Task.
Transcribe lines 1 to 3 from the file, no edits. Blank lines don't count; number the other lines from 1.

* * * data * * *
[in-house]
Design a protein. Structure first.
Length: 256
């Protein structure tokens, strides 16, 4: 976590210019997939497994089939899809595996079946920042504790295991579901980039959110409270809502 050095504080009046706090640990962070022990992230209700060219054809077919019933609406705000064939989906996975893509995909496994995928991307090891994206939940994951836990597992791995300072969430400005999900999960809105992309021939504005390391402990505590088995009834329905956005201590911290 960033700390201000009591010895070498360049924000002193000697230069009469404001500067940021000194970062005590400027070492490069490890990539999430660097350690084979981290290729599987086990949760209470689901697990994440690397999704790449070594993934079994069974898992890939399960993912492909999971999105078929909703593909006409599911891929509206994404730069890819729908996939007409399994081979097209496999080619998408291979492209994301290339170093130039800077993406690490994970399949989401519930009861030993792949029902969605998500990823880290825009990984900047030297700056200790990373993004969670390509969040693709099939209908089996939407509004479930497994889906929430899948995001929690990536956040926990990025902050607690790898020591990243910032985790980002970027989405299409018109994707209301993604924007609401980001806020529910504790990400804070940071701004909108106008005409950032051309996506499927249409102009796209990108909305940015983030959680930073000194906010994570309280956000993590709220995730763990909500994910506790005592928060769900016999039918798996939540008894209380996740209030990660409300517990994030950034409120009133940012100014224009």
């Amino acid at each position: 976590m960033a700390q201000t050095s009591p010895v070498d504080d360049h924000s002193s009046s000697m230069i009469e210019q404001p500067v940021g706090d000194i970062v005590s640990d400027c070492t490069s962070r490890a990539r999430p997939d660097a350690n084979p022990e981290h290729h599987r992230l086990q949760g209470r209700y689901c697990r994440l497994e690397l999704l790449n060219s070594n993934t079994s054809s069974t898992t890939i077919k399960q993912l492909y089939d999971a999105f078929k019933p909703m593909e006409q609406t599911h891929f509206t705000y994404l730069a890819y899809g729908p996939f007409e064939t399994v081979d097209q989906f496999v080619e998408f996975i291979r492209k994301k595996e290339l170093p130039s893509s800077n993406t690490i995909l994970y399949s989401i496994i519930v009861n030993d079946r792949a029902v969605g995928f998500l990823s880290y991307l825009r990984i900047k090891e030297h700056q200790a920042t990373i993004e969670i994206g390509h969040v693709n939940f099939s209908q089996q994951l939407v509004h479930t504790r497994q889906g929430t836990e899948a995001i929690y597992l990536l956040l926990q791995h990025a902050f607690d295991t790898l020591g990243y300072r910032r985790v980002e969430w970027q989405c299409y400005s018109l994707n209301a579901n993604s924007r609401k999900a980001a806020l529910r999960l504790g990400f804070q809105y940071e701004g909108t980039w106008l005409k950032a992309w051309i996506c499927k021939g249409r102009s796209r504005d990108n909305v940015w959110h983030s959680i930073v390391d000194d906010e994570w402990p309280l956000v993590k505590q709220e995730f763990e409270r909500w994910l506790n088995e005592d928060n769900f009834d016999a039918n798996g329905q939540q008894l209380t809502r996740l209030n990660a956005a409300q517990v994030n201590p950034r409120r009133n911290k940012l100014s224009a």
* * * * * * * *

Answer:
[in-house]
Design a protein. Structure first.
Length: 256